False Cognates, Faux Amis

Topics: English language, French language, Second language Pages: 15 (5485 words) Published: October 7, 2011
False Cognates 1

Are Cognates Always our Friends?


False Cognates 2 Are Cognates Always our Friends? I. COMMUNICATION PROBLEMS CAUSED BY


A French student of English as a foreign language might be tempted to answer quickly: "Why not!" A good example is the English word table and its French translation table; they have exactly the same spelling and the same Latin source tabula in both languages. Another one is the English word lamp and the French lampe; they have almost the same spelling and they have the same Latin origin, lampas. A second language learner of English may think that it is easy to learn and use these words for they are alike. If a pair of words in different languages looks alike, they are referred to as cognates and they are thought to automatically have the same meaning. To be called cognates, words from different languages have to have the same root ― the word cognate derives from the Latin word cognatus and means 'related in origin'. These French words are adapted to English orthographically and are believed to often retain their original French meanings. But, the spelling similarity of words between languages is not enough to assume that the words are related to each other, which can be both good news and bad. This is where some misunderstandings begin because false friends (FFs) confuse a learner of English as a foreign language. Although many studies are done to identify and classify FFs, there are just a few between English and French. Therefore, this research paper investigates the phenomenon of English-French FFs, shows that FFs cause problems in communicating and classifies traps. In addition, this study categorises FFs and explains useful concepts. Moreover, it demonstrates that previous research on the subject has mainly focussed on automatic identification of FFs.

False Cognates 3 Yet, even when the meanings are the same in the two languages, traps are still waiting for the student. Slight differences in spelling account for a significant portion of spelling errors made by students of English. In this research paper, addressed to translators, teachers, and students of English as a foreign language, many traps into which a student might fall are illustrated. For example, as shown in Frunza's thesis (2006, p. 6), French learners of English frequently spell comfortable with an "n" instead of an "m" and literature with two "t"'s because they falsely assume that since the words are cognates, they would have to have the same form. However, spelling or phonetic similarity of words in two languages is not enough to demonstrate that the words are related to each other; they might have the same root but, over time, their meanings would have developed independently and are now semantically different, as illustrated by the following examples, where one of them is given by Peritz (1992). The problem would occur when an English person would say: I will attend a lecture today, where in French attend means 'wait' and lecture means 'reading', respectively, the French native person may translate it by: I am waiting for reading today. As well, when a French person feels like having fresh fruits and ask: May I have some raisins?, he will probably be very disappointed when he receives dry raisins instead of fresh grapes because raisin in French means 'grapes' in English. Continuing with this idea, grape in English sounds and looks like grappe in French, but in this case it means 'cluster' or 'bunch'. No wonder that French students learning English misspell or misunderstand some words.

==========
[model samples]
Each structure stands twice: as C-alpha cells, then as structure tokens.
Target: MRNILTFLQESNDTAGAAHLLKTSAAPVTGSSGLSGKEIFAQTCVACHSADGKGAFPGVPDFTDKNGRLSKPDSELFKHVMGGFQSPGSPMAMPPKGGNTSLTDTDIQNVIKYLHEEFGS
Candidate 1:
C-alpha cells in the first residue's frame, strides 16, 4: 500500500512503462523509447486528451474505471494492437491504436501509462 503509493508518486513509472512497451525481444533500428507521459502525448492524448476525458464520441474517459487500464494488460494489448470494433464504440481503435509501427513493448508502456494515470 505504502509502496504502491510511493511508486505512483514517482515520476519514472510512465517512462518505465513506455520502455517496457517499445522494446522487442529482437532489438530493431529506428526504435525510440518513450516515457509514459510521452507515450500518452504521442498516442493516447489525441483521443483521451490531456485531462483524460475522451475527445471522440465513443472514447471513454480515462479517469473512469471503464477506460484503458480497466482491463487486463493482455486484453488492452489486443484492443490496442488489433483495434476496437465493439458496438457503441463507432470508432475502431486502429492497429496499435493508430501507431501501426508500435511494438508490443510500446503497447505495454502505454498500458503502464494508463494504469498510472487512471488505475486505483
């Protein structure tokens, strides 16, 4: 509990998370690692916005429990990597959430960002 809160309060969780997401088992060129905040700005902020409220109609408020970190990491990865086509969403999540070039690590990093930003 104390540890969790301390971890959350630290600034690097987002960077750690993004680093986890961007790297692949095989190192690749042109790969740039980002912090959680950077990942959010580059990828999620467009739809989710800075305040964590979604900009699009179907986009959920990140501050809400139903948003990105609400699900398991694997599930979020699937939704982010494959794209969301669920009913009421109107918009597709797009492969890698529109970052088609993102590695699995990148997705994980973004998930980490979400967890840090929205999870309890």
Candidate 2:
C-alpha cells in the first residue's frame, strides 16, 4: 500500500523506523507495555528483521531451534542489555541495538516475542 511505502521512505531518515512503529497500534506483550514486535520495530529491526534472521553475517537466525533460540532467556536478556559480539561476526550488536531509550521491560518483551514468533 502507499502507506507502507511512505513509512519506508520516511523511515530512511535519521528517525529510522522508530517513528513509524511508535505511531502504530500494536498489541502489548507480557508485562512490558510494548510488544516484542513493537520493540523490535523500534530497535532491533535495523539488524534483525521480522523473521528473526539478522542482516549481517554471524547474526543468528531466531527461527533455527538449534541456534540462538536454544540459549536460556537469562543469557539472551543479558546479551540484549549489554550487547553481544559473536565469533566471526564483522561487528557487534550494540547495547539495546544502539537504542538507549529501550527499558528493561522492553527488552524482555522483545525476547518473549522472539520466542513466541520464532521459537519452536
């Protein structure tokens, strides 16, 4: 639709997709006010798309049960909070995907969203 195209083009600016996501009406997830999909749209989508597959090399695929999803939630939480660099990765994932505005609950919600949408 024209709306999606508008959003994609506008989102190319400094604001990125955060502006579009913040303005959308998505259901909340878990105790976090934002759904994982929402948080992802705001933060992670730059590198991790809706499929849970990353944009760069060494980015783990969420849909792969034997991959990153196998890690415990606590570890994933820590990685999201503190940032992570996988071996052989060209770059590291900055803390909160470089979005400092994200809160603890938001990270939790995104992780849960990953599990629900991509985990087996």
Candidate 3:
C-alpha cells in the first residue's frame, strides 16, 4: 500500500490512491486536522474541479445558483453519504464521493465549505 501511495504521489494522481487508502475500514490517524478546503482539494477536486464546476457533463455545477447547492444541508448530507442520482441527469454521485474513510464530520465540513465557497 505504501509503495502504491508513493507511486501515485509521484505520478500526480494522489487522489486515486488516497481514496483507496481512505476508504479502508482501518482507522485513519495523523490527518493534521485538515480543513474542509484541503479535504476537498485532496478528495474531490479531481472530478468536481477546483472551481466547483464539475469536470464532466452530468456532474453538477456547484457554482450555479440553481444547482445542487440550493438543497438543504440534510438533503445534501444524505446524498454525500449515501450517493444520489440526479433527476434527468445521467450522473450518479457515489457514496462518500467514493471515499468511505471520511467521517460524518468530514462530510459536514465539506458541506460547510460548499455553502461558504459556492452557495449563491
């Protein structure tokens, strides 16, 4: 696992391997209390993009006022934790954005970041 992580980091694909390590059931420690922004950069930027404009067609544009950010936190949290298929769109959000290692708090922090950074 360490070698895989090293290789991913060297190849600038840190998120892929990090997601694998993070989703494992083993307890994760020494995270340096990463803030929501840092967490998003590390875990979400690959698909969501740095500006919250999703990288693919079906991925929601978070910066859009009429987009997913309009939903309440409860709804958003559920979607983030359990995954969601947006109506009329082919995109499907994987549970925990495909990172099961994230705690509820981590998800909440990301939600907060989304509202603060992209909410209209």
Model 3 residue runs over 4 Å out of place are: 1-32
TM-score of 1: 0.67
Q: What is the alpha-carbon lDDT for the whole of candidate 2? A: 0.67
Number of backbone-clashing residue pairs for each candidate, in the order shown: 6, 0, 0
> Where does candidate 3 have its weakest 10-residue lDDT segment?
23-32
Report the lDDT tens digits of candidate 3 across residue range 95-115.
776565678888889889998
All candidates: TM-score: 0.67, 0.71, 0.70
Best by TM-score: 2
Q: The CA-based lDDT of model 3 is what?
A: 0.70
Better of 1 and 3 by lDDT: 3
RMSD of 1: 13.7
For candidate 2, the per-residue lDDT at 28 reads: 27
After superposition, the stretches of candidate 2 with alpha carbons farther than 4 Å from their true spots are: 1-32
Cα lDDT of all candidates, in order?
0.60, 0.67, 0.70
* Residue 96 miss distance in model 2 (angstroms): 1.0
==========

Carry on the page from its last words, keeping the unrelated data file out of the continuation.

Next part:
In the majority of English-French cognates, words that have similar origins are derived from Greek or Latin. When some pairs of words, in two languages, are the same or similar either in speech or in writing, but have different meanings, they are called faux amis or FFs. Sometimes a French-looking word will...

References: Aronson, J. (2005). Faux amis. BMJ: British Medical Journal, 330(7498), 1006. Retrieved from Ariane on January 31, 2010,
Chamizo-Domínguez, P. J. (2008). Semantics and pragmatics of false friends. New York, NY: Routledge.
Frunza, O. M. (2006, October). Automatic identification of cognates, false friends, and partial cognates. University of Ottawa, ON: Retrieved January 25, 2010, from
Frunza, O. M. (2007). Does pain hurt in both French and English? University of Ottawa, ON: Retrieved January 25, 2010, from
Frunza, O. M., & Inkpen, D. (2006). Semi-supervised learning of partial cognates using bilingual bootstrapping. University of Ottawa, ON: Retrieved January 25, 2010, from
False Cognates 20 Frunza, O. M., & Inkpen, D. (2007). A tool for detecting French-English cognates and false friends. University of Ottawa, ON: Retrieved January 25, 2010, from
Ken, G. (2001). [Review of the book Les faux amis. French Studies], 55(1), 142-143. London, UK: Available on January 30, 2010, from
Continue Reading

Please join StudyMode to read the full document

You May Also Find These Documents Helpful

  • False Essay
  • Faux Friendship Essay
  • Muro Ami Essay
  • Essay about False Flags
  • Essay about False times
  • False Memory Essay
  • False Memories Essay
  • False Memories Essay

Become a StudyMode Member

Sign Up - It's Free